Technorati Redesigns, Ruins My Morning Ritual
I’m feeling a tad unsettled this morning. See, I have a morning routine: My cell phone alarm goes off, I allow myself one snooze, and then I not-so-carefully trip and stumble my way over to my laptop to comfort myself in friendly email (anything scary looking will be ignored) and Technorati stats. Some may think I have a problem but the structure comforts me. Or at least it does when people aren’t playing games with my emotions.
Today I visited Technorati and had no idea what I was looking at. I thought perhaps I had broken something in my daze, but no. David Sifry had simply redesigned the entire thing while I was sleeping last night. I didn’t even get an email.
David says the update was 6 months in the making and was designed to reflect Technorati’s shift from being blog-only to including all forms of social media. The individual searching silos that once differentiated the various searches (keyword, tag, and blog directory) have been removed. Similar to Google’s Universal Search, you tell Technorati what you’re interested in and they’ll assemble the Web’s freshest content for you, regardless if it’s found in blogs, photos, video, podcasts, events, etc.
For better or worse, there’s also a ticker across the top to keep users up-to-date on what people are talking about and searching for at any given time. Personally, I don’t care that people are searching for [anti-depressants] and [Owen Wilson], but maybe you do. I’m sure Susan does. [Yes, I’ve such a history of loving social media. –Susan] – No, but you do have a history of needing antidepressants and other social anxiety medication. Additional improvements were made to Technorati’s Where’s The Fire and Favorites, and of course, the interface looks very different from what it looked like when I went to sleep last night.
Overall, the redesign is everything I would expect from Technorati after reading David’s State of the Live Web last April. Technorati is expanding from being a just a blog search engine to becoming the "main aggregation point for all forms of social media on the Web". The new design reflects just that.
My opinion of the redesign is generally positive, with a hint of uneasiness.
First off, I hate the default home page. We’re talking an intense, burning hatred for this loud, ugly, cluttered page. I hate the ticker, the tag cloud is entirely too large and I’m not sure I understand how the music category fits in. I realize it has always been there but it’s bothering me more today than it used to. The problem with the home page is that there are far too many places for me to get lost (and there’s far too much orange). I’m there because I want to do a search. Let me do a search without confusing me with flashing lights and things that sparkle.
But I can overlook the home page. Why? Because David Sifry is awesome and has provided Lisa-friendly alternatives. Instead of wincing at a page so loud it smacks me in the face, I can either log into Technorati and get a more muted, more relevant page or, and this is the option I really like, I can pretend that blogs are the only form of social media that exist (cause they are) and use the clean-looking s.technorati.com page that I totally love. Props to Technorati for realizing that not everyone wants to search the entire lot of media. Some of us are just interested in blogs.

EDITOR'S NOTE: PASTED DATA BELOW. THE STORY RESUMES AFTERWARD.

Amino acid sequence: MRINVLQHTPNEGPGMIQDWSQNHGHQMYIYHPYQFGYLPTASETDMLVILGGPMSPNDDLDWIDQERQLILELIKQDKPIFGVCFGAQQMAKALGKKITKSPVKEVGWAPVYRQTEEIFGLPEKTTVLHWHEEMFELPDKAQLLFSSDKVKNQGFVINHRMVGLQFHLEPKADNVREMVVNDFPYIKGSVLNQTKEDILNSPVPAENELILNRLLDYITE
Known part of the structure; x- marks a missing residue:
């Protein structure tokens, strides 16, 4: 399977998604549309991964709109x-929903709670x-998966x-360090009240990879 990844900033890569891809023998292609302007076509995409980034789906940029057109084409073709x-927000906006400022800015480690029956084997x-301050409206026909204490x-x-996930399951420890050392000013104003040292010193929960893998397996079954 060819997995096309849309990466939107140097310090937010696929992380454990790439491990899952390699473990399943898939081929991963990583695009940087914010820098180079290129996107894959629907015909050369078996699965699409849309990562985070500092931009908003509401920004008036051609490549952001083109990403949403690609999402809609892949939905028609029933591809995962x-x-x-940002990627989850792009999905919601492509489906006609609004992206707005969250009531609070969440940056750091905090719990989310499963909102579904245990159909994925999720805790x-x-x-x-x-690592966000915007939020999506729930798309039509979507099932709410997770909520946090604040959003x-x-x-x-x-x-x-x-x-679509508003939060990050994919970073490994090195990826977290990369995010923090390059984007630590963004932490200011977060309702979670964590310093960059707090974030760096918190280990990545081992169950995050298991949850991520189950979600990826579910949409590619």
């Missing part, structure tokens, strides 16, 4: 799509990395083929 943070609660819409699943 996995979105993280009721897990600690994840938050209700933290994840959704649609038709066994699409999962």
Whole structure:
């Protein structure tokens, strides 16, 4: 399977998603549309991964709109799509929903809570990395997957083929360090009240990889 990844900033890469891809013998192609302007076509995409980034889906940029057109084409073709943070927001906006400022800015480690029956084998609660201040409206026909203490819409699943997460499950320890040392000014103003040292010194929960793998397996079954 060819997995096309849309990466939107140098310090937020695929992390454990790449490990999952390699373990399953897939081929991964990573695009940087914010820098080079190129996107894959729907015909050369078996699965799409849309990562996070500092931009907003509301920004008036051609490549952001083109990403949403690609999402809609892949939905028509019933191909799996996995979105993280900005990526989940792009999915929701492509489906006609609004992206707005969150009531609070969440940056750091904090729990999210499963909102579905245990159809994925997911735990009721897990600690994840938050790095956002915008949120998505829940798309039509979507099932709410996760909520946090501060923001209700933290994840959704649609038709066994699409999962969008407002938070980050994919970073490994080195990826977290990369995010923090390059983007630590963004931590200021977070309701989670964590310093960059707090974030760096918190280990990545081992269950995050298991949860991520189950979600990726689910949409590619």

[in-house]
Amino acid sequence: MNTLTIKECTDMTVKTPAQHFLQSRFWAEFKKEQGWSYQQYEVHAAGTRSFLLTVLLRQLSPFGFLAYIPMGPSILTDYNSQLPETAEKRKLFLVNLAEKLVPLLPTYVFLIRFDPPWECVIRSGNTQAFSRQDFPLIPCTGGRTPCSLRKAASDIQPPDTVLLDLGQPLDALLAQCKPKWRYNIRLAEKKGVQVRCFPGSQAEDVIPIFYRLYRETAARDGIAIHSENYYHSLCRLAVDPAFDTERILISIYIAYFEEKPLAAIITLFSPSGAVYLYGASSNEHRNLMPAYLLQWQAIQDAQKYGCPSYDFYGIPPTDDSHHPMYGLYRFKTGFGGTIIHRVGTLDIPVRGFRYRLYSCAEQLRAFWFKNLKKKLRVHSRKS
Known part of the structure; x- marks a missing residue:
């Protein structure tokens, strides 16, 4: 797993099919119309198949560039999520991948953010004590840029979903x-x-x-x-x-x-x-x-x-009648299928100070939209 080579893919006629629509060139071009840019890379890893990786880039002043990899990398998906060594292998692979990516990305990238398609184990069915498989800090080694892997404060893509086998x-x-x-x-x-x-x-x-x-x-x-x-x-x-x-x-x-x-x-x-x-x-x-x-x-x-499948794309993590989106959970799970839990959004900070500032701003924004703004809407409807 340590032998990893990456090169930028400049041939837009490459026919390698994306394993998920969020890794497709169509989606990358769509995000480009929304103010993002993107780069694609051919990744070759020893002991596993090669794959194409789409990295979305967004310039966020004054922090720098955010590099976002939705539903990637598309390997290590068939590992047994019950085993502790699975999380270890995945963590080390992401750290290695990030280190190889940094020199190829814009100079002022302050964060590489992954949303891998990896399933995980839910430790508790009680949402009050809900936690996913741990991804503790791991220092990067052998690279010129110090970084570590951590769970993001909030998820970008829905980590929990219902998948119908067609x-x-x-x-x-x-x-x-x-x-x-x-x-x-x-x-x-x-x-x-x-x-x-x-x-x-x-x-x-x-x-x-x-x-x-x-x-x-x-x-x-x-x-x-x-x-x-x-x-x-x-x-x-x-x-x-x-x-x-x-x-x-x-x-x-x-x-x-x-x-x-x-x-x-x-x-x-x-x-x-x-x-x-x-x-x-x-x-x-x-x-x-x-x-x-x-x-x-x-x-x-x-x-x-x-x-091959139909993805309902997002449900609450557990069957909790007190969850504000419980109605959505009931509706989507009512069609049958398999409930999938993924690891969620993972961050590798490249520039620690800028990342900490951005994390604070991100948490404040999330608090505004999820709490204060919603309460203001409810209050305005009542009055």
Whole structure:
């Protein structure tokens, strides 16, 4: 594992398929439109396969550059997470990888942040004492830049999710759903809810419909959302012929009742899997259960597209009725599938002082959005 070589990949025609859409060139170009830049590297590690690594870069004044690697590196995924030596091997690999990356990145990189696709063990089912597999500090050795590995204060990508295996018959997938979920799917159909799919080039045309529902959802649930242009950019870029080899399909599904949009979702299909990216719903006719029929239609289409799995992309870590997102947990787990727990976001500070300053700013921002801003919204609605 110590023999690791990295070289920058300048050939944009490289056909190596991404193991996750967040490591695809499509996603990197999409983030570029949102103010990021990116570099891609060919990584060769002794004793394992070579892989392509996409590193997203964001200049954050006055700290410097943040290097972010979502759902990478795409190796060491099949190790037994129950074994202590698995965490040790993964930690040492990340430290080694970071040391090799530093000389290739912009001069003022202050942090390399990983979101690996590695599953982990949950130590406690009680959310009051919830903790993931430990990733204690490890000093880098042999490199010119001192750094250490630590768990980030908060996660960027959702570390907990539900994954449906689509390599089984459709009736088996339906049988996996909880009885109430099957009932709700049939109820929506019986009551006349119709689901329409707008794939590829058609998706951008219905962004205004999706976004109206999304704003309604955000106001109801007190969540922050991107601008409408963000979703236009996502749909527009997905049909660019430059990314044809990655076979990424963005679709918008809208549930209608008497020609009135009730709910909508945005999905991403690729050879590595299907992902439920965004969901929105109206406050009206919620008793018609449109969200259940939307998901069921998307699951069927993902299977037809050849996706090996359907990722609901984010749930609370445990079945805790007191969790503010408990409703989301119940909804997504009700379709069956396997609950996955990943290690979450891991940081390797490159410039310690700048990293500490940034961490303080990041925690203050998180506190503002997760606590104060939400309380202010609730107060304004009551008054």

I do like the universal search approach, though. I won’t use it every day, but I will use it when I’m looking for a more comprehensive search and I like that it’s at least offered to users. However, there is one thing that’s very troubling. You’ll noticed that if you do a search for [bruce clay], the URL it generates is [www.technorati.com/tag/bruce+clay]. Why is this troubling? Because it’s not searching for any and all content that mentions Bruce Clay, it’s searching for content that is tagged Bruce Clay. That limits the search considerably.
For example, doing that [bruce clay] search brings up a mix of relevant and not-so-relevant search results. Personally, there are far too many Clay Aiken references for me. Bruce has been mentioned on the Web exactly 9 gazillion times. There’s no reason to bring up photos, or even worse, videos of Clay Aiken. As far as I know Bruce Clay and Clay Aiken are not the same person. When Bruce is done optimizing Web sites he doesn’t go off and… what does Clay Aiken do these days? It doesn’t matter. We get the scary Clay Aiken results because it was tagged [bruce] and [clay]. That has to be fixed.
This worries me further because we don’t tag our blog posts. There are categories, but we don’t specifically tag. Does this mean our posts won’t show up in a Technorati search? How many other blogs will be excluded from the blog search if Technorati isn’t searching full text? This could be a major problem. It also tries to force people into tagging things and I don’t like anyone trying to push my hand. I get enough of that from Susan. [I solemnly swear I’m not planning on forcing you to tag anything. At the moment. –Susan] – As if you have the authority to "force" me to do anything.
So, overall I like where Technorati is going with this (as long as they keep their blog-only search page option), but I am concerned. I’m impressed with how Technorati has handled this whole "live Web". I’m impressed that they were able to exploit a Google vulnerability and claim the market for their own. However, I don’t want to see them going 100 percent social media and forget what they were. I don’t want my blog search to be compromised because not everyone is tagging things. Improve on what you have, but don’t take away your staples.